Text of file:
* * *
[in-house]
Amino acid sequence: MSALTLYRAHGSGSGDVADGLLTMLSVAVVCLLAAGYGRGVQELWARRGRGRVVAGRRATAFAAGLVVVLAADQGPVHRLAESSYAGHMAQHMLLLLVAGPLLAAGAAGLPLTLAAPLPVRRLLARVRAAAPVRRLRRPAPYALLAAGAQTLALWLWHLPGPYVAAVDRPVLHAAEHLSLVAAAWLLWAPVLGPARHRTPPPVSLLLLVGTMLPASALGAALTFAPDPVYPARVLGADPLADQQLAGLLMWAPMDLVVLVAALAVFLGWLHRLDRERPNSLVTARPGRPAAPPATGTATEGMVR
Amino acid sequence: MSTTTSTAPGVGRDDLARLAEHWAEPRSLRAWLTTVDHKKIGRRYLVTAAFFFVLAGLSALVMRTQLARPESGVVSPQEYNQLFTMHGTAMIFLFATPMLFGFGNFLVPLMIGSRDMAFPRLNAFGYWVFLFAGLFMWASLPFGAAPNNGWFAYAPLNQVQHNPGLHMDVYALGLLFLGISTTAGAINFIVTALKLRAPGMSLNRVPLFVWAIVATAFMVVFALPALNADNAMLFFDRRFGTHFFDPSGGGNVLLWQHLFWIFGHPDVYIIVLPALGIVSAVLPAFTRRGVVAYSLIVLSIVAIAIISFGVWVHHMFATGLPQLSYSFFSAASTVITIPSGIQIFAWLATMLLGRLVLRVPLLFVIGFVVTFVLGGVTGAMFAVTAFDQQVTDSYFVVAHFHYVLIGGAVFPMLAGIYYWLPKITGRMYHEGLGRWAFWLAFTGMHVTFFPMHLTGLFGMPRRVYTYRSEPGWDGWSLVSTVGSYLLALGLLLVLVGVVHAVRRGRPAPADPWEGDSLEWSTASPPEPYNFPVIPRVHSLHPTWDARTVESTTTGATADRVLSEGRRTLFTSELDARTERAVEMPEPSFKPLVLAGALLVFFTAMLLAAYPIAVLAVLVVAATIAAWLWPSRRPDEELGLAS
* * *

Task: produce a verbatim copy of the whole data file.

[in-house]
Amino acid sequence: MSALTLYRAHGSGSGDVADGLLTMLSVAVVCLLAAGYGRGVQELWARRGRGRVVAGRRATAFAAGLVVVLAADQGPVHRLAESSYAGHMAQHMLLLLVAGPLLAAGAAGLPLTLAAPLPVRRLLARVRAAAPVRRLRRPAPYALLAAGAQTLALWLWHLPGPYVAAVDRPVLHAAEHLSLVAAAWLLWAPVLGPARHRTPPPVSLLLLVGTMLPASALGAALTFAPDPVYPARVLGADPLADQQLAGLLMWAPMDLVVLVAALAVFLGWLHRLDRERPNSLVTARPGRPAAPPATGTATEGMVR
Amino acid sequence: MSTTTSTAPGVGRDDLARLAEHWAEPRSLRAWLTTVDHKKIGRRYLVTAAFFFVLAGLSALVMRTQLARPESGVVSPQEYNQLFTMHGTAMIFLFATPMLFGFGNFLVPLMIGSRDMAFPRLNAFGYWVFLFAGLFMWASLPFGAAPNNGWFAYAPLNQVQHNPGLHMDVYALGLLFLGISTTAGAINFIVTALKLRAPGMSLNRVPLFVWAIVATAFMVVFALPALNADNAMLFFDRRFGTHFFDPSGGGNVLLWQHLFWIFGHPDVYIIVLPALGIVSAVLPAFTRRGVVAYSLIVLSIVAIAIISFGVWVHHMFATGLPQLSYSFFSAASTVITIPSGIQIFAWLATMLLGRLVLRVPLLFVIGFVVTFVLGGVTGAMFAVTAFDQQVTDSYFVVAHFHYVLIGGAVFPMLAGIYYWLPKITGRMYHEGLGRWAFWLAFTGMHVTFFPMHLTGLFGMPRRVYTYRSEPGWDGWSLVSTVGSYLLALGLLLVLVGVVHAVRRGRPAPADPWEGDSLEWSTASPPEPYNFPVIPRVHSLHPTWDARTVESTTTGATADRVLSEGRRTLFTSELDARTERAVEMPEPSFKPLVLAGALLVFFTAMLLAAYPIAVLAVLVVAATIAAWLWPSRRPDEELGLAS